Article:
There has been a lot of discussion and organsising on zero hour contracts recently (see 1 | 2 ). We interviewed two people on zero hour contracts to illustrate that the problem of casualised labour is much wider than just the fast-food industry, where members of Unite union are currently fighting against these precarious work conditions.

:: Kia ora, a couple of years ago, you were ‘employed’ by a NZ university. Can you tell us about that?

Ae kia ora. Yes just over a year ago I received a panui about this university looking for research assistants so I applied. About two months later it was arranged for me to attend an interview. I went to that city and attended a hui at a fancy kind of pub where the proposed research project was discussed with the relevant project organisers and some new PhD students. I realised after some time that this wasn’t really an interview so asked what this process was. I was informed that I could have the job if I wanted it and they would send me the relevant paperwork for the contract. After quite a few emails the university finally sent through the contract and I signed it. After a few months I asked what was going on and was informed that someone would contact me. I had already contacted her several times and got no replies. I’ve now waited over a year for any actual work.

:: Why do you think universities have these zero hour contracts in place?

I presume now that they use contracts like this to secure funding and bump up their so-called EFTS that make them look as if they are employing more people than they actually are. From what I’ve seen of other projects and contracts with this university they receive very large ‘administration’ fees from funding arrangements.

:: How does it make you feel? You went to an interview, got selected, signed a contract and didn’t get a single dollar out of this!

Pretty pissed off. You know I’m trying to arrange to pay my bills and feed my son etc and you budget ahead thinking you’ll have money coming in and you don’t apply for other jobs because you think you already have one. It also makes you feel really used and unappreciated, wasting your time on pointless correspondence and CV preparation.

:: How do you relate to other workers, for example in the fast-food industry, who are currently fighting zero hour contracts?

Well, I only started hearing about what my contract is really called when I heard about the recent proposed zero hour contracts for doctors. So it’s all a bit new for my brain. Ideally I would like to get involved in this fight but in reality I’ve got another baby coming and bills to pay for a new rental place I’ve moved into and I just don’t want anything to do with this university now. I’ve chosen not to name the university because I’m still on their contract and am unsure whether I should get off it or use it to fight them. Any ideas?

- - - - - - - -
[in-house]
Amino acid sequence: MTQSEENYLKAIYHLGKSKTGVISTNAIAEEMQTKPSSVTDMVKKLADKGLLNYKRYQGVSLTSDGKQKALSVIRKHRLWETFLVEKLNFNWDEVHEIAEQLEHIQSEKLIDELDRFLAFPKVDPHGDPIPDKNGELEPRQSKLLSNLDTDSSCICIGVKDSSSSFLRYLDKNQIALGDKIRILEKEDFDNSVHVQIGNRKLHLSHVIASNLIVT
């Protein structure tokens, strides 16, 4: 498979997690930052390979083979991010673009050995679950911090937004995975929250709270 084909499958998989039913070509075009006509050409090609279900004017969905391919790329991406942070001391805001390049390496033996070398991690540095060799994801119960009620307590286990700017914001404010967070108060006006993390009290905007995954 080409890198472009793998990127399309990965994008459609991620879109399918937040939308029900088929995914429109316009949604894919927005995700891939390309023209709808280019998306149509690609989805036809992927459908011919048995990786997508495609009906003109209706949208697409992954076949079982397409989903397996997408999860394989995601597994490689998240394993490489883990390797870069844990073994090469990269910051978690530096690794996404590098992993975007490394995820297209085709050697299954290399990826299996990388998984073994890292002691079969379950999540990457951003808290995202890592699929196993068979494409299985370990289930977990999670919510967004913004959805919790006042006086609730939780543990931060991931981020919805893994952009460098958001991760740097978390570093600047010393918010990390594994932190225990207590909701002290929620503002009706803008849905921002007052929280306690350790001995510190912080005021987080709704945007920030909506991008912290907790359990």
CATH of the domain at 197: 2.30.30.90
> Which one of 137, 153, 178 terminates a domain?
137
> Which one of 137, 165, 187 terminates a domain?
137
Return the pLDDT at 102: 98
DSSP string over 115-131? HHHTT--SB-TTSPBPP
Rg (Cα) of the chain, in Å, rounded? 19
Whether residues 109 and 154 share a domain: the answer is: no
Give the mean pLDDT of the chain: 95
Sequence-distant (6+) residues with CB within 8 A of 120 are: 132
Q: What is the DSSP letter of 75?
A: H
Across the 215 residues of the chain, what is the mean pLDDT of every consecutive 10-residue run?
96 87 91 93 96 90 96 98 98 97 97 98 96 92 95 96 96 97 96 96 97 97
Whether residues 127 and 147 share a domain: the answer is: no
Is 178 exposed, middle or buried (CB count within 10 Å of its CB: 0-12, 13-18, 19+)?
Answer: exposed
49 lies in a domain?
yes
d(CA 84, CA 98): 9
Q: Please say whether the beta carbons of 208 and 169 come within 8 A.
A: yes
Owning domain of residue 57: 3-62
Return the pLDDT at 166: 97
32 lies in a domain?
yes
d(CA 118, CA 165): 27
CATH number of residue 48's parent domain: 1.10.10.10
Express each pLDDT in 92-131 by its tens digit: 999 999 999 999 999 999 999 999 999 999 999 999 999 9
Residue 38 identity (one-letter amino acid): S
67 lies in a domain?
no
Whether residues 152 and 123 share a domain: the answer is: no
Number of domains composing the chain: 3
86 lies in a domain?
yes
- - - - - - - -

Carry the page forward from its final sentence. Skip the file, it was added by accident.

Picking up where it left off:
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:: Hey, you have just signed a zero hour contract. Do you work in the fast-food industry?

No, I don’t. I have just started to work for a labour hiring company. The contracts there are totally casual. Basically, by signing the contract, the boss doesn’t agree to offer you any work, and you don’t agree to take any assignments offered.

:: How does that work in practice?

Well, if you want work, you have to let them know what days you want to work and then just ring up first thing in the morning and hopefully they have got something for you. But there are no guarantees at all that you will get any work. Some people work full-time on assignments lasting months and months. Basically, the middle-man, the labour hiring company, just takes another cut out of your wages. You are being exploited three times: by the boss, the other boss and the government. Other jobs are just for half a day and that’s it.

:: Sounds pretty stink.

It is if you are after full-time work and really depend on the money as your primary income. To be honest, I also quite like the flexibility and not being tied down with no holidays and no family time anymore. But I am lucky because I have another part-time job. But yeah, capitalism is a ruthless system of individualising, atomising and attempting to destroy what little collective spirit we still have. I heard a few years ago a union tried to organise amongst labour hiring workers. It is virtually impossible to get anywhere with contracts like these.

:: Have you followed the organising efforts against zero hour contract in the fast-food industry?

Yes, a little bit. It’s good to see workers organising against these vicious attacks from above. I suppose their situation though is quite different to hours. At least they are working for the same company shift after shift. For us, while we work for the same labour hiring company, we may have a different assignment every day working for another company. Those companies have no obligations to you, and nor does the labour hiring company. It’s pretty messed up.